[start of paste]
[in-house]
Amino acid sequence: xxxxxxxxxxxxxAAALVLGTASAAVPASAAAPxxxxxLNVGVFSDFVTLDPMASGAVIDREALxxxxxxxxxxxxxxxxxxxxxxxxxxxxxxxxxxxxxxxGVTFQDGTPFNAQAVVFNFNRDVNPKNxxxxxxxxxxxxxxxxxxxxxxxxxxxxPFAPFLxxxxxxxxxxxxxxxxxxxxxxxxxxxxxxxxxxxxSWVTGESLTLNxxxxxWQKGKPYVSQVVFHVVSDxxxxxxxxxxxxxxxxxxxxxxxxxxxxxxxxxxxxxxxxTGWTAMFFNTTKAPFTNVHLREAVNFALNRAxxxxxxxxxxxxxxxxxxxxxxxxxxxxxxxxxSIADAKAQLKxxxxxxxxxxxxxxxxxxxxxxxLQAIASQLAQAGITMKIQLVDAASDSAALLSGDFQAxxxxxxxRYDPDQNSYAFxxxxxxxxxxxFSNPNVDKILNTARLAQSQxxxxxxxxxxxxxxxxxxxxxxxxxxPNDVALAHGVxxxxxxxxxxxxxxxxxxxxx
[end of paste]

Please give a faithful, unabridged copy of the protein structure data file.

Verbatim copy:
[in-house]
Amino acid sequence: xxxxxxxxxxxxxAAALVLGTASAAVPASAAAPxxxxxLNVGVFSDFVTLDPMASGAVIDREALxxxxxxxxxxxxxxxxxxxxxxxxxxxxxxxxxxxxxxxGVTFQDGTPFNAQAVVFNFNRDVNPKNxxxxxxxxxxxxxxxxxxxxxxxxxxxxPFAPFLxxxxxxxxxxxxxxxxxxxxxxxxxxxxxxxxxxxxSWVTGESLTLNxxxxxWQKGKPYVSQVVFHVVSDxxxxxxxxxxxxxxxxxxxxxxxxxxxxxxxxxxxxxxxxTGWTAMFFNTTKAPFTNVHLREAVNFALNRAxxxxxxxxxxxxxxxxxxxxxxxxxxxxxxxxxSIADAKAQLKxxxxxxxxxxxxxxxxxxxxxxxLQAIASQLAQAGITMKIQLVDAASDSAALLSGDFQAxxxxxxxRYDPDQNSYAFxxxxxxxxxxxFSNPNVDKILNTARLAQSQxxxxxxxxxxxxxxxxxxxxxxxxxxPNDVALAHGVxxxxxxxxxxxxxxxxxxxxx